The true power of a show about B&B owners competing for a completely meaningless title.
We love underdogs in Britain. How else can we explain championing Tim Henman, voting the Lib Dems into government, or giving Will Young a pop career? When we do occasionally let someone bask in the glory of a victory, they invariably explode into hysterical modesty, unable to get their head around the whole thing. See: Nadiya from the Bake Off. "She's never been the winner before, has she?" one of her kids half-asked, as Nadiya wiped her tears away with her apron. It was entirely free of fist-pumping shouts of "YES MATE, I'M NADIYA, UNDISPUTED QUEEN OF CAKES."
Fortunately, there's one British institution where winning is everything, where our fellow countrymen and women have inspired each of us to stop at nothing to be triumphant: Four In a Bed, the reality TV contest first screened in 2010 where doughy-cheeked hospitality professionals across the country go head-to-head in a bid to win a title that is ultimately meaningless.
Some have amateurish operations in villages still using dial-up internet. Others go for the mid- to high-range Airbnb look, with confusing taps and Nordic light fittings. They all share the same goal: to be crowned "the best-value B&B of the week", based on scores given by their competitors, who all spend the night in their B&Bs. Just best of the week. That's all they get, until another lot turn up the next Monday, and so on and so on, each one slowly sinking into the abyss of daytime Channel 4 programming.
Even with full knowledge of the competition's fleeting importance, contestants take things very seriously. Words like "revenge", "game plan" and "tactics" are bandied about during each episode, as the hosts go to extreme lengths to pick holes in each other's establishments, and to underpay their rivals by as much as possible. Everything is written down on anonymous feedback forms. Where Come Dine With Me contestants get mad, Four In a Bed folk get even, in the name of their commemorative plaques.
Take recent contestant Kathryn from Cornwall, a Mary Berry doppelganger with a cold brand of tyranny. She marked her night's sleep at Shannon and Trevor's in Glastonbury a two out of 10, blaming a noisy clock. "I went into the kitchen, and actually took it off the wall and shut it in the bathroom," she recalled, brimming with indignation.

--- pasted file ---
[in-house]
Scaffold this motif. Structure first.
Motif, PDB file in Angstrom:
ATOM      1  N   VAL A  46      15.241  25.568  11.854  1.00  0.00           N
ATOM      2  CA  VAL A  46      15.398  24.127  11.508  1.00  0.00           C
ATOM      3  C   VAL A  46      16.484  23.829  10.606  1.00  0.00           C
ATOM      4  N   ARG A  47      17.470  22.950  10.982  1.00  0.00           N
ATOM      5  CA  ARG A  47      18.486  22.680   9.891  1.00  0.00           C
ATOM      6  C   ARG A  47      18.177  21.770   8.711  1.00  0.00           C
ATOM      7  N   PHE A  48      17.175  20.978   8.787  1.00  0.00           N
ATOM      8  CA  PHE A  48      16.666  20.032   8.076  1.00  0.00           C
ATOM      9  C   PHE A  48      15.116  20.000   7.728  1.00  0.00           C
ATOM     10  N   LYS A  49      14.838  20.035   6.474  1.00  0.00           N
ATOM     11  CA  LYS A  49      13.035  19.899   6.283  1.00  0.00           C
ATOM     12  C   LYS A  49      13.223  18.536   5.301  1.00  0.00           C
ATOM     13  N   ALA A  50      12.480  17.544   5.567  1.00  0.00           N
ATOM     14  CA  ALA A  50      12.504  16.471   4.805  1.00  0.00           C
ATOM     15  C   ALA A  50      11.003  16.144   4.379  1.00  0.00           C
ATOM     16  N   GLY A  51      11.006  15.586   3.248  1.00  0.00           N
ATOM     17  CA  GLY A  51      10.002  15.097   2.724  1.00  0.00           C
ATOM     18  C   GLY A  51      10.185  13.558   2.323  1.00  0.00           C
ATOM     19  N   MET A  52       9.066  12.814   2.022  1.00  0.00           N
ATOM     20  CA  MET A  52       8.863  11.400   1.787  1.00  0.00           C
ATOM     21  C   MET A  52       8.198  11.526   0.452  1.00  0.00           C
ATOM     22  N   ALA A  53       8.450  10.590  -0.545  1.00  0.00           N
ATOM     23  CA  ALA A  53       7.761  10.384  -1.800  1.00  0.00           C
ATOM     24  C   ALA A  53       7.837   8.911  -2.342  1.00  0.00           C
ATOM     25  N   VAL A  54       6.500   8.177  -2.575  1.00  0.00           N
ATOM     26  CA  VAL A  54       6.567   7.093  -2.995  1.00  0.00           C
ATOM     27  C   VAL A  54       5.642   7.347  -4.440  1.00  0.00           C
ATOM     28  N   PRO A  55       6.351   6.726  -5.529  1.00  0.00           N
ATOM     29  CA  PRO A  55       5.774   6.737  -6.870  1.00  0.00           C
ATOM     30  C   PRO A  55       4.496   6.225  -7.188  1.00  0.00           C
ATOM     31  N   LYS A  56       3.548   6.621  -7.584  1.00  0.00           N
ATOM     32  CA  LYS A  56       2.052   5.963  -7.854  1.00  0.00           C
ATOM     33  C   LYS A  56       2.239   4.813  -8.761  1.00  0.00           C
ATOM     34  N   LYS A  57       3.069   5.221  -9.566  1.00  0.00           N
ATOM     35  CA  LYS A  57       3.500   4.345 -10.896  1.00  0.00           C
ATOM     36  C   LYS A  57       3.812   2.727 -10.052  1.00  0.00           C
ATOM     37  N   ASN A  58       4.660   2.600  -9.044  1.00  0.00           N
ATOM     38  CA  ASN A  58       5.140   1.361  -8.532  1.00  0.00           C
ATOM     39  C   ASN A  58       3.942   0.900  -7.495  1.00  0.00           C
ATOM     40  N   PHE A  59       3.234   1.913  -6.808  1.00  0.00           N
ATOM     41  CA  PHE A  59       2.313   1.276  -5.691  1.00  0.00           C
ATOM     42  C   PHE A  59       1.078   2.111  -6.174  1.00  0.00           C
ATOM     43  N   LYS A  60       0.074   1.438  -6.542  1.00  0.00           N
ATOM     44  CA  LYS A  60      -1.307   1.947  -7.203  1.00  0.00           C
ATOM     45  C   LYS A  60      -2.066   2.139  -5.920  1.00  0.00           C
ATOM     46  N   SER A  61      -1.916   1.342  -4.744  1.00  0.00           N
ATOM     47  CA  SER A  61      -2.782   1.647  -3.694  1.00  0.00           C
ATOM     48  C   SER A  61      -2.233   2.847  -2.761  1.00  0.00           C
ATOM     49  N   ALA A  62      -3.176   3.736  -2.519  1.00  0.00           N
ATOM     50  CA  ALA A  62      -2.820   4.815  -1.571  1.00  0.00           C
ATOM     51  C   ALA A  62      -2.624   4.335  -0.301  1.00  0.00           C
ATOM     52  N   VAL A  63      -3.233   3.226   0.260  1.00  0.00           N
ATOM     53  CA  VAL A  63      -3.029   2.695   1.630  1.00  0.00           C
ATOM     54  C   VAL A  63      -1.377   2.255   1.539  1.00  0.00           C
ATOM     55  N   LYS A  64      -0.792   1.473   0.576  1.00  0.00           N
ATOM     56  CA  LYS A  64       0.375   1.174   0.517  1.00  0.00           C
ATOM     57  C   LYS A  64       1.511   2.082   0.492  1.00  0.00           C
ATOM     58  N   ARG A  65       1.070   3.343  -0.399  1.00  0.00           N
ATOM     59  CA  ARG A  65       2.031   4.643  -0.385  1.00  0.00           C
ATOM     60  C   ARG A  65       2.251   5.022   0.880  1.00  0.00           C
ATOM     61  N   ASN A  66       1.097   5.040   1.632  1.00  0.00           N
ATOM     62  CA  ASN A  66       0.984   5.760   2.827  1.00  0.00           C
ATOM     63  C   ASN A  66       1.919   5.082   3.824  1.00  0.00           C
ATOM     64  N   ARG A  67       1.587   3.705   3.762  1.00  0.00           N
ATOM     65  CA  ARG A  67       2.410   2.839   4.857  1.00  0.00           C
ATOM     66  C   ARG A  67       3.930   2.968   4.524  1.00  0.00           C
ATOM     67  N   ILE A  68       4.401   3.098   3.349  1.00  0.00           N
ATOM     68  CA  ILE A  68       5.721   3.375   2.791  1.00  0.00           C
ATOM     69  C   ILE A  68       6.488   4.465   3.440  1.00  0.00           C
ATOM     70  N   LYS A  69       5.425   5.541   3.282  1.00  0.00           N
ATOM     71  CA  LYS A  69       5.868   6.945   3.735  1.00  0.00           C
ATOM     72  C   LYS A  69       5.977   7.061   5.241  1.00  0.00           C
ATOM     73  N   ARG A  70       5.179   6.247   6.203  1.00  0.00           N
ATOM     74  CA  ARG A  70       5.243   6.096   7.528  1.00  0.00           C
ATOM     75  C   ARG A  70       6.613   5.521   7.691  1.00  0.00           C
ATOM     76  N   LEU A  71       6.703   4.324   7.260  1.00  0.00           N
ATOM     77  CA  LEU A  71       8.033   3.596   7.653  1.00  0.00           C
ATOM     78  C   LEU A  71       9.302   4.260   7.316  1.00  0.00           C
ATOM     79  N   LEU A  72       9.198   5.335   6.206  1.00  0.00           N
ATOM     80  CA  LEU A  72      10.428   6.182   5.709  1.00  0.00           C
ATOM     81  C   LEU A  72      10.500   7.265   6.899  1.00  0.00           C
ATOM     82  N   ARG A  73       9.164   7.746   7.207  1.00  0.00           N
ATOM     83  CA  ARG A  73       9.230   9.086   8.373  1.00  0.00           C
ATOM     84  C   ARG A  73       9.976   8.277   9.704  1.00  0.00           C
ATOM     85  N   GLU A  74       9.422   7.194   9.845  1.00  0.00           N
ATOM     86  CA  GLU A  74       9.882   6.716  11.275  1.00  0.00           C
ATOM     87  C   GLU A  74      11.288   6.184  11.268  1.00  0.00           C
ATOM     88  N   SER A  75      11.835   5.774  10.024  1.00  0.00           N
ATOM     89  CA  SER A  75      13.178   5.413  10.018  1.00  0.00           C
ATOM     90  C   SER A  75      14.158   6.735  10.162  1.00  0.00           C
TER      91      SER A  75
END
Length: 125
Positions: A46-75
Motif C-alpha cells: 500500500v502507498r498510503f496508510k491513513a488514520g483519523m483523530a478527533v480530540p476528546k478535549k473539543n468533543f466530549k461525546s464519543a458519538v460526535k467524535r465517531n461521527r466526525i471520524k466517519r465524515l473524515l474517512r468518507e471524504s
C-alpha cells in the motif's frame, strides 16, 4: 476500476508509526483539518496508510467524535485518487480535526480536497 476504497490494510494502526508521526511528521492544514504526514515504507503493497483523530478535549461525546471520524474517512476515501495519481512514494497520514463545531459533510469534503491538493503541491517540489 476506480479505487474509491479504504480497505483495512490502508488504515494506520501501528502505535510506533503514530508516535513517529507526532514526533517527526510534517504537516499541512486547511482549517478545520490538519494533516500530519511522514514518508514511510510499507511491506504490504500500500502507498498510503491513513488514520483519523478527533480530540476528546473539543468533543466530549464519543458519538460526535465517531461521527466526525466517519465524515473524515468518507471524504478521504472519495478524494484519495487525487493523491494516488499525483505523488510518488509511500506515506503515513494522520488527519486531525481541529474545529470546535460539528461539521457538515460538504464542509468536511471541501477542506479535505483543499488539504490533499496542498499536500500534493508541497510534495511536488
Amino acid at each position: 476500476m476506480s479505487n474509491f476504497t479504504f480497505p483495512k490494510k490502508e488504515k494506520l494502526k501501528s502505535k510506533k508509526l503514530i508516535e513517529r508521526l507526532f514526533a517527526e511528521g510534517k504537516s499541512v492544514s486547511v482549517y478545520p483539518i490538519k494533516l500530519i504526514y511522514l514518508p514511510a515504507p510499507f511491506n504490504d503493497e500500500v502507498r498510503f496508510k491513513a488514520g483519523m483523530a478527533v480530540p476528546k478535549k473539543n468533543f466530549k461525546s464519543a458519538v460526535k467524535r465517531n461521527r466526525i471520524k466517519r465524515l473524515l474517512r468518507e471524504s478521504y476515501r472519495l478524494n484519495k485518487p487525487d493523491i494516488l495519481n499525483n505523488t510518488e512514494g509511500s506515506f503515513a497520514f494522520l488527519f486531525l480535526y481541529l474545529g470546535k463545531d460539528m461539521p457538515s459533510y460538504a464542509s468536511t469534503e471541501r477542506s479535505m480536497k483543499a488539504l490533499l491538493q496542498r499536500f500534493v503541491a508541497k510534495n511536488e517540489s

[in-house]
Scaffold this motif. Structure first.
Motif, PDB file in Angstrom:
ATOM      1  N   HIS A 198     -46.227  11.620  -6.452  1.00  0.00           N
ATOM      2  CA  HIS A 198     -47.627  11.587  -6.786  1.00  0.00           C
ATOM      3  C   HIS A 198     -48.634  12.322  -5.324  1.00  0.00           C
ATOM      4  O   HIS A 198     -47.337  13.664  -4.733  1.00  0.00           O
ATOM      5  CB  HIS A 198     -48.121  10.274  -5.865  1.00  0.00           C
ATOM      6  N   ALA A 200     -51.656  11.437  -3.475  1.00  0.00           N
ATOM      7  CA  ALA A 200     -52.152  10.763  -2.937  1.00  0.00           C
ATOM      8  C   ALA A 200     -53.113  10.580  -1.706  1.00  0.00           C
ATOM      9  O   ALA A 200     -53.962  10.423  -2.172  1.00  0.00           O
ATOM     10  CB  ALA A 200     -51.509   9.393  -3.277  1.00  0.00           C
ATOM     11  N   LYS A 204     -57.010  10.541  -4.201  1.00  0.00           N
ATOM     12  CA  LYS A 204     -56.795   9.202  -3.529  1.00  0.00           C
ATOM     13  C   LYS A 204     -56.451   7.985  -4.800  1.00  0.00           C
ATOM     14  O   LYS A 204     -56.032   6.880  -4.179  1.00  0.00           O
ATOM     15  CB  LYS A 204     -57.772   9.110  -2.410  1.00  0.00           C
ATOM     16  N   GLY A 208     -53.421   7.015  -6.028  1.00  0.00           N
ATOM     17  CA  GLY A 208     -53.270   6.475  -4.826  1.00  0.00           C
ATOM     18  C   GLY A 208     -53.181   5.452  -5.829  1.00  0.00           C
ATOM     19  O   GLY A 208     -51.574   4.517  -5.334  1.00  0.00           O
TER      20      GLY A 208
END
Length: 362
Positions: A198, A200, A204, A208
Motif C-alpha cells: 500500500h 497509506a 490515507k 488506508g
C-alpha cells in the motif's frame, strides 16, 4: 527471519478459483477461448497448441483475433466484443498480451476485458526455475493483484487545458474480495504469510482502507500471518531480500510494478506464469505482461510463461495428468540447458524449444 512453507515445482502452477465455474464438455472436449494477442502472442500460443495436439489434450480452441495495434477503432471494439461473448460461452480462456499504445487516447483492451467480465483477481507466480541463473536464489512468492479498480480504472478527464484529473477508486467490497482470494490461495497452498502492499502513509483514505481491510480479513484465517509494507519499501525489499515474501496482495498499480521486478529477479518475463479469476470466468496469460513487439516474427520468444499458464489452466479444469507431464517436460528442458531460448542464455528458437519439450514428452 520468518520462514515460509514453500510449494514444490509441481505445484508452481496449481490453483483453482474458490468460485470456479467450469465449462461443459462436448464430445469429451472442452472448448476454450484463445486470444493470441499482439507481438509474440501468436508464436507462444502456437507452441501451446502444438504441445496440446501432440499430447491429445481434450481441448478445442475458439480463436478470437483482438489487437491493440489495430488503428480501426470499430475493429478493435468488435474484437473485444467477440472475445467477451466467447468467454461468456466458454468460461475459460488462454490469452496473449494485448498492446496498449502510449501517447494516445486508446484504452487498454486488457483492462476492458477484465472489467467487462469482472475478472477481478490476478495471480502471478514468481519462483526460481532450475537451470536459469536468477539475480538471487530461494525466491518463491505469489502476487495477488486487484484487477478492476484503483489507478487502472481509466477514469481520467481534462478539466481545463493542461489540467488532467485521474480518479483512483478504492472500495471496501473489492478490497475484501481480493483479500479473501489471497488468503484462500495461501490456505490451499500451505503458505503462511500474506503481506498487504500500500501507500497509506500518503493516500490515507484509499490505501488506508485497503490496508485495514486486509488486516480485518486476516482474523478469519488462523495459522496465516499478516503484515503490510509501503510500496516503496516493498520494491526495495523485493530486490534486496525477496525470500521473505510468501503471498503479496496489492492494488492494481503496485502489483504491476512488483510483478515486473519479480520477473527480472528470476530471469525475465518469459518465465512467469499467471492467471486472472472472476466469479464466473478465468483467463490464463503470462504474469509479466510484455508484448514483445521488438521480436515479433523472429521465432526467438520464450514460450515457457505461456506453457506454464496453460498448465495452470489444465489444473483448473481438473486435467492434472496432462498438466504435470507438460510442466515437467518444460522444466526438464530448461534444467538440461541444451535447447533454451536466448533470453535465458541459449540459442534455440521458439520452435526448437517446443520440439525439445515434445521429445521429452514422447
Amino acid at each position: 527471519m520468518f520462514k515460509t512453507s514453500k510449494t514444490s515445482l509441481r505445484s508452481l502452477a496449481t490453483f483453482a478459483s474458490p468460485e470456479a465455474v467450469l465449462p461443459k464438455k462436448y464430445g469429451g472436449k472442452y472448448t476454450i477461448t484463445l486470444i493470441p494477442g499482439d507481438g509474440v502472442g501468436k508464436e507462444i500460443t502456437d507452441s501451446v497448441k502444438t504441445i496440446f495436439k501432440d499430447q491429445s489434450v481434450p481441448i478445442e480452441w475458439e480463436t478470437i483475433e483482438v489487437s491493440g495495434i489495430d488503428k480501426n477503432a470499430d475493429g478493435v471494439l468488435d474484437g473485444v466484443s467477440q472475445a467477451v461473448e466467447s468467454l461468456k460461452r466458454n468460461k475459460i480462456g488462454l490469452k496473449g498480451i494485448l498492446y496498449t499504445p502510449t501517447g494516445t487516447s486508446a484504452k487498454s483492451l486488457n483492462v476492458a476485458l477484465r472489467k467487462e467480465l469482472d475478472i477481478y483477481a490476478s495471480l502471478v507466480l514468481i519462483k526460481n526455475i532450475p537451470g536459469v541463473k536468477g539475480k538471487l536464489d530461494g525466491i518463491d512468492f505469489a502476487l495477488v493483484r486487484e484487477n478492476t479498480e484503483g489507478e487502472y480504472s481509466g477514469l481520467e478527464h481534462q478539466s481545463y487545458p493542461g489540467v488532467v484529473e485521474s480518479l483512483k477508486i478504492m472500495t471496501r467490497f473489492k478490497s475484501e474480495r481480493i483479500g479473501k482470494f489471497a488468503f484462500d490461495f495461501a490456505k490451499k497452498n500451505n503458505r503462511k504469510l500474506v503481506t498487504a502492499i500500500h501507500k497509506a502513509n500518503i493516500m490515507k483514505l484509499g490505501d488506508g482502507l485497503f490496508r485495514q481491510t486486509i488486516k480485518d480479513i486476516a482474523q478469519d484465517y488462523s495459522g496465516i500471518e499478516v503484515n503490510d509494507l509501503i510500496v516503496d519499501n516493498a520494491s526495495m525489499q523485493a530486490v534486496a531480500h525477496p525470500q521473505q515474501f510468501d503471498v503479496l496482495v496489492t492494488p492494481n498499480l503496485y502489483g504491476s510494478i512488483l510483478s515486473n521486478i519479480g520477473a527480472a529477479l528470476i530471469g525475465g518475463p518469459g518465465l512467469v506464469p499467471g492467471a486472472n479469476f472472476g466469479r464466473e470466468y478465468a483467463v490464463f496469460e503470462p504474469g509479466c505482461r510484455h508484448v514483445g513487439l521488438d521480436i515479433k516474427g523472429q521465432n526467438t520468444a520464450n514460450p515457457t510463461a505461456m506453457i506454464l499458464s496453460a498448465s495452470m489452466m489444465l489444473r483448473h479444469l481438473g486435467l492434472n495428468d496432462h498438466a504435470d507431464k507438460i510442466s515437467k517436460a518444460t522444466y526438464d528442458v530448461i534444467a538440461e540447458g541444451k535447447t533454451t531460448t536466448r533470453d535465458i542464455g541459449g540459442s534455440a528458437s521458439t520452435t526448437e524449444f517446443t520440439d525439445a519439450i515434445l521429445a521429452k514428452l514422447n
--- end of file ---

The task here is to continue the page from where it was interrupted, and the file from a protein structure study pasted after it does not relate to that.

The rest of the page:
"Why didn't you just take the battery out of it?" asked Shannon, cackling at Kathryn's "ineptitude". Of course, this wasn't incompetence: she and her husband had been playing the long game, and underpaid by £20 because there were no corn flakes at breakfast. From dusty drawers, wonky toilet seats and dodgy grouting around the bath, to traffic noise and the smell of curry the aim of the game is to find every last fault in your opponents' business. Then mention it a lot, and then a little bit more.
Sometimes the criticism gets too much for even equally scheming contestants to bear. Who could forget Leanne of series eight, reduced to tears watching rival Gordon complain about the breakfast at someone else's hotel (too many extras on his plate). "All along they've been backstabbing and slagging each other off," Leanna lamented to camera, seemingly incredulous.
The Glory of Victory
In her book The Discourse of Public Participation Media: From Talk Show to Twitter, niche academic Joanna Thornborrow argues that "the personality and character of competing B&Bers are constantly under scrutiny, and episodes are edited to foreground areas of potential conflict", in shows like Four In a Bed and Channel 4's Love It Or List It. But despite the undeniable role that editing plays in Four in a Bed, there's something entirely ruthless about the participants that makes me believe that their obsession with victory is real.
As tabloid TV critic Kevin O'Sullivan has put it, this is is a "journey into the dark heart of middle England". It shows that a nation which has long favoured fair play and uncompetitiveness can actually churn out the sorts of people who will use special mirrors and latex gloves to search for fluff and toenails late into the night. "Friendships, what are they?" asked recent participant Sylvia from Cumbria, as she stared into the middle-distance with eyes of steel.
This is the kind of thing that we need more of. We need more competition. We need more conviction. Four in a Bed has taught me to that it's OK to be afraid of finding pubes and bloodstains in provincial guest houses, but that we needn't be afraid of striving for victory.
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